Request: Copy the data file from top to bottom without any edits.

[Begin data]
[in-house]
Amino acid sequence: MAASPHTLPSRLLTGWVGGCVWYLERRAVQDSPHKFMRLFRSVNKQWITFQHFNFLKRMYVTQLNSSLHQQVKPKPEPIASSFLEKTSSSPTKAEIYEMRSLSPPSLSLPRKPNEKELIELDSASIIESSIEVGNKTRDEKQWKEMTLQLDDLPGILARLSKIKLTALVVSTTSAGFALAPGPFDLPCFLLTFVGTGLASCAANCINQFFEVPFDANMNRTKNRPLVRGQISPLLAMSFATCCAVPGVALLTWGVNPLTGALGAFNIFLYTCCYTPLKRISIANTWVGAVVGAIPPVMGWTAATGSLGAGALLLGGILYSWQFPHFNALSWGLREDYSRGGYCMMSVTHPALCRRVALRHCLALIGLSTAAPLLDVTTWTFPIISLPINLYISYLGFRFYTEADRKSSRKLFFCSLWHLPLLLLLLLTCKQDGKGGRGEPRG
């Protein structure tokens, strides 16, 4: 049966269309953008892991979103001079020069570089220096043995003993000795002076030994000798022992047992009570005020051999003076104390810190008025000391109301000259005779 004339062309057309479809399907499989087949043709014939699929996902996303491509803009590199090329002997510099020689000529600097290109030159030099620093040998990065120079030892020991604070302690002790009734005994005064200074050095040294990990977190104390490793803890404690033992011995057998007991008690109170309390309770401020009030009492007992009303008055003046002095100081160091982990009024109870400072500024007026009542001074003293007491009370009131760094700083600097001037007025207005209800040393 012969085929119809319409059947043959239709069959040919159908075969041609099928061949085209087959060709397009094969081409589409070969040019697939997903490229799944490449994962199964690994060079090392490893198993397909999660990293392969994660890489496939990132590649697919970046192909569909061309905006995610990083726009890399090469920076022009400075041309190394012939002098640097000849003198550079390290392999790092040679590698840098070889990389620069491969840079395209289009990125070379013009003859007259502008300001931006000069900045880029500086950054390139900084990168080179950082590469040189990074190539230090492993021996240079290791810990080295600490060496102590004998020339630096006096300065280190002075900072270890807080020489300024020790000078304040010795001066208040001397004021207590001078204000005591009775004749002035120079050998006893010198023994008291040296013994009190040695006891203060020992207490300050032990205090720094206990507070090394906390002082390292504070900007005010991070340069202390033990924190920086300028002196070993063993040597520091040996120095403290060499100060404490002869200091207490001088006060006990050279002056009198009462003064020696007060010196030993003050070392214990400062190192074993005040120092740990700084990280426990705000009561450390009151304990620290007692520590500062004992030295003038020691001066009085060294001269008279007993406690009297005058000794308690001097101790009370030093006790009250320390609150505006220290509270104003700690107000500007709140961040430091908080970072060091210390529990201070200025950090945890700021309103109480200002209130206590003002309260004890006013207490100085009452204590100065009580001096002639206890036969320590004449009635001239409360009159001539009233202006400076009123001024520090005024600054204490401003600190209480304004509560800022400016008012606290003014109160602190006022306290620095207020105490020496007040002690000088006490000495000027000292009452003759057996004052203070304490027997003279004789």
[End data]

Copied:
[in-house]
Amino acid sequence: MAASPHTLPSRLLTGWVGGCVWYLERRAVQDSPHKFMRLFRSVNKQWITFQHFNFLKRMYVTQLNSSLHQQVKPKPEPIASSFLEKTSSSPTKAEIYEMRSLSPPSLSLPRKPNEKELIELDSASIIESSIEVGNKTRDEKQWKEMTLQLDDLPGILARLSKIKLTALVVSTTSAGFALAPGPFDLPCFLLTFVGTGLASCAANCINQFFEVPFDANMNRTKNRPLVRGQISPLLAMSFATCCAVPGVALLTWGVNPLTGALGAFNIFLYTCCYTPLKRISIANTWVGAVVGAIPPVMGWTAATGSLGAGALLLGGILYSWQFPHFNALSWGLREDYSRGGYCMMSVTHPALCRRVALRHCLALIGLSTAAPLLDVTTWTFPIISLPINLYISYLGFRFYTEADRKSSRKLFFCSLWHLPLLLLLLLTCKQDGKGGRGEPRG
């Protein structure tokens, strides 16, 4: 049966269309953008892991979103001079020069570089220096043995003993000795002076030994000798022992047992009570005020051999003076104390810190008025000391109301000259005779 004339062309057309479809399907499989087949043709014939699929996902996303491509803009590199090329002997510099020689000529600097290109030159030099620093040998990065120079030892020991604070302690002790009734005994005064200074050095040294990990977190104390490793803890404690033992011995057998007991008690109170309390309770401020009030009492007992009303008055003046002095100081160091982990009024109870400072500024007026009542001074003293007491009370009131760094700083600097001037007025207005209800040393 012969085929119809319409059947043959239709069959040919159908075969041609099928061949085209087959060709397009094969081409589409070969040019697939997903490229799944490449994962199964690994060079090392490893198993397909999660990293392969994660890489496939990132590649697919970046192909569909061309905006995610990083726009890399090469920076022009400075041309190394012939002098640097000849003198550079390290392999790092040679590698840098070889990389620069491969840079395209289009990125070379013009003859007259502008300001931006000069900045880029500086950054390139900084990168080179950082590469040189990074190539230090492993021996240079290791810990080295600490060496102590004998020339630096006096300065280190002075900072270890807080020489300024020790000078304040010795001066208040001397004021207590001078204000005591009775004749002035120079050998006893010198023994008291040296013994009190040695006891203060020992207490300050032990205090720094206990507070090394906390002082390292504070900007005010991070340069202390033990924190920086300028002196070993063993040597520091040996120095403290060499100060404490002869200091207490001088006060006990050279002056009198009462003064020696007060010196030993003050070392214990400062190192074993005040120092740990700084990280426990705000009561450390009151304990620290007692520590500062004992030295003038020691001066009085060294001269008279007993406690009297005058000794308690001097101790009370030093006790009250320390609150505006220290509270104003700690107000500007709140961040430091908080970072060091210390529990201070200025950090945890700021309103109480200002209130206590003002309260004890006013207490100085009452204590100065009580001096002639206890036969320590004449009635001239409360009159001539009233202006400076009123001024520090005024600054204490401003600190209480304004509560800022400016008012606290003014109160602190006022306290620095207020105490020496007040002690000088006490000495000027000292009452003759057996004052203070304490027997003279004789």